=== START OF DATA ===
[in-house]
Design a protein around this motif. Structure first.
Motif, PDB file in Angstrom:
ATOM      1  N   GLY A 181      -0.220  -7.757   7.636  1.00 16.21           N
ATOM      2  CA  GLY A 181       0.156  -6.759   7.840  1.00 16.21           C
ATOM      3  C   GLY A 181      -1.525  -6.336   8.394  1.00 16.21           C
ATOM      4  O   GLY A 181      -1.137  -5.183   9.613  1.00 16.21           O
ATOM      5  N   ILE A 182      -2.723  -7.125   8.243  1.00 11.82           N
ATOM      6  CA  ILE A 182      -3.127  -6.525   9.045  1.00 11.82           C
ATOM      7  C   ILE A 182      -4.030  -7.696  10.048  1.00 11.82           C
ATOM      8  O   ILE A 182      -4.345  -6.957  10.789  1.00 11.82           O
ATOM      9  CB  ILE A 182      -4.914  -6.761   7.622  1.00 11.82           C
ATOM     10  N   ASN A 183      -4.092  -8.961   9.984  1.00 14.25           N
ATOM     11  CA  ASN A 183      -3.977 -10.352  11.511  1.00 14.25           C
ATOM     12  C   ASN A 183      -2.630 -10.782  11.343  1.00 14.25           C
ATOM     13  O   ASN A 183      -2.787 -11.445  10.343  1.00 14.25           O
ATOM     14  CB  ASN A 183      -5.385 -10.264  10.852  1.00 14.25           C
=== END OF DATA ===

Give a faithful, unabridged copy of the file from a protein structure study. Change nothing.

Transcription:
[in-house]
Design a protein around this motif. Structure first.
Motif, PDB file in Angstrom:
ATOM      1  N   GLY A 181      -0.220  -7.757   7.636  1.00 16.21           N
ATOM      2  CA  GLY A 181       0.156  -6.759   7.840  1.00 16.21           C
ATOM      3  C   GLY A 181      -1.525  -6.336   8.394  1.00 16.21           C
ATOM      4  O   GLY A 181      -1.137  -5.183   9.613  1.00 16.21           O
ATOM      5  N   ILE A 182      -2.723  -7.125   8.243  1.00 11.82           N
ATOM      6  CA  ILE A 182      -3.127  -6.525   9.045  1.00 11.82           C
ATOM      7  C   ILE A 182      -4.030  -7.696  10.048  1.00 11.82           C
ATOM      8  O   ILE A 182      -4.345  -6.957  10.789  1.00 11.82           O
ATOM      9  CB  ILE A 182      -4.914  -6.761   7.622  1.00 11.82           C
ATOM     10  N   ASN A 183      -4.092  -8.961   9.984  1.00 14.25           N
ATOM     11  CA  ASN A 183      -3.977 -10.352  11.511  1.00 14.25           C
ATOM     12  C   ASN A 183      -2.630 -10.782  11.343  1.00 14.25           C
ATOM     13  O   ASN A 183      -2.787 -11.445  10.343  1.00 14.25           O
ATOM     14  CB  ASN A 183      -5.385 -10.264  10.852  1.00 14.25           C